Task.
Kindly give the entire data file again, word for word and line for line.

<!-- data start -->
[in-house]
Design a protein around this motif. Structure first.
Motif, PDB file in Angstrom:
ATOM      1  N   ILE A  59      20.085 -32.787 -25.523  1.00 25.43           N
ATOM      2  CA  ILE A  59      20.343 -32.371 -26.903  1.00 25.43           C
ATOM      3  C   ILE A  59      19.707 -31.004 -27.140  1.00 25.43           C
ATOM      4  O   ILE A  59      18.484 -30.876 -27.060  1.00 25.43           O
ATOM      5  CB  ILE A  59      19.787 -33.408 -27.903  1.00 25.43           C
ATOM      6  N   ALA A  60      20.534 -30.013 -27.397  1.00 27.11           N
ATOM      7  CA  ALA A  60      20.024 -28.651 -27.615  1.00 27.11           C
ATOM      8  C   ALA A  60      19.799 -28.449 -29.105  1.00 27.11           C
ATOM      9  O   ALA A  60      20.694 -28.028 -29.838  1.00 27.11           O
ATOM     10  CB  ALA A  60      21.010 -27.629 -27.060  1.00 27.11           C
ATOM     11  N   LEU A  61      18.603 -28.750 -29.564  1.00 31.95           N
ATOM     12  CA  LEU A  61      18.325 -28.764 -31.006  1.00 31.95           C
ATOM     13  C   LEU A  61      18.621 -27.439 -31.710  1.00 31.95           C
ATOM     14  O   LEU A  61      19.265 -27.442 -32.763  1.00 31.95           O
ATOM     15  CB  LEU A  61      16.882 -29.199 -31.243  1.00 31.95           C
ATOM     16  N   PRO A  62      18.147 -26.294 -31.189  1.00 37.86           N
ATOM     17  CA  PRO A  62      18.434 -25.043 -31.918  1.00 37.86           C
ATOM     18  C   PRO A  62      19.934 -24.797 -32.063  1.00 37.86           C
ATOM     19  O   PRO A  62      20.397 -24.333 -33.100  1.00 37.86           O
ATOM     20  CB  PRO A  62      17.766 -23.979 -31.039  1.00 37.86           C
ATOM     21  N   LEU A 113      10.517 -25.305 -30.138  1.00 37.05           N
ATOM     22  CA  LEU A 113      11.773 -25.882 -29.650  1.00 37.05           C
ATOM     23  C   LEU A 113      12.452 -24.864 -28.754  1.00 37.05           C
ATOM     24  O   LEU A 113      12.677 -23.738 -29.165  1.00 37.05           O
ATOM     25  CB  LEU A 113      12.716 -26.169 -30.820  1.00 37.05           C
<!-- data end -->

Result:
[in-house]
Design a protein around this motif. Structure first.
Motif, PDB file in Angstrom:
ATOM      1  N   ILE A  59      20.085 -32.787 -25.523  1.00 25.43           N
ATOM      2  CA  ILE A  59      20.343 -32.371 -26.903  1.00 25.43           C
ATOM      3  C   ILE A  59      19.707 -31.004 -27.140  1.00 25.43           C
ATOM      4  O   ILE A  59      18.484 -30.876 -27.060  1.00 25.43           O
ATOM      5  CB  ILE A  59      19.787 -33.408 -27.903  1.00 25.43           C
ATOM      6  N   ALA A  60      20.534 -30.013 -27.397  1.00 27.11           N
ATOM      7  CA  ALA A  60      20.024 -28.651 -27.615  1.00 27.11           C
ATOM      8  C   ALA A  60      19.799 -28.449 -29.105  1.00 27.11           C
ATOM      9  O   ALA A  60      20.694 -28.028 -29.838  1.00 27.11           O
ATOM     10  CB  ALA A  60      21.010 -27.629 -27.060  1.00 27.11           C
ATOM     11  N   LEU A  61      18.603 -28.750 -29.564  1.00 31.95           N
ATOM     12  CA  LEU A  61      18.325 -28.764 -31.006  1.00 31.95           C
ATOM     13  C   LEU A  61      18.621 -27.439 -31.710  1.00 31.95           C
ATOM     14  O   LEU A  61      19.265 -27.442 -32.763  1.00 31.95           O
ATOM     15  CB  LEU A  61      16.882 -29.199 -31.243  1.00 31.95           C
ATOM     16  N   PRO A  62      18.147 -26.294 -31.189  1.00 37.86           N
ATOM     17  CA  PRO A  62      18.434 -25.043 -31.918  1.00 37.86           C
ATOM     18  C   PRO A  62      19.934 -24.797 -32.063  1.00 37.86           C
ATOM     19  O   PRO A  62      20.397 -24.333 -33.100  1.00 37.86           O
ATOM     20  CB  PRO A  62      17.766 -23.979 -31.039  1.00 37.86           C
ATOM     21  N   LEU A 113      10.517 -25.305 -30.138  1.00 37.05           N
ATOM     22  CA  LEU A 113      11.773 -25.882 -29.650  1.00 37.05           C
ATOM     23  C   LEU A 113      12.452 -24.864 -28.754  1.00 37.05           C
ATOM     24  O   LEU A 113      12.677 -23.738 -29.165  1.00 37.05           O
ATOM     25  CB  LEU A 113      12.716 -26.169 -30.820  1.00 37.05           C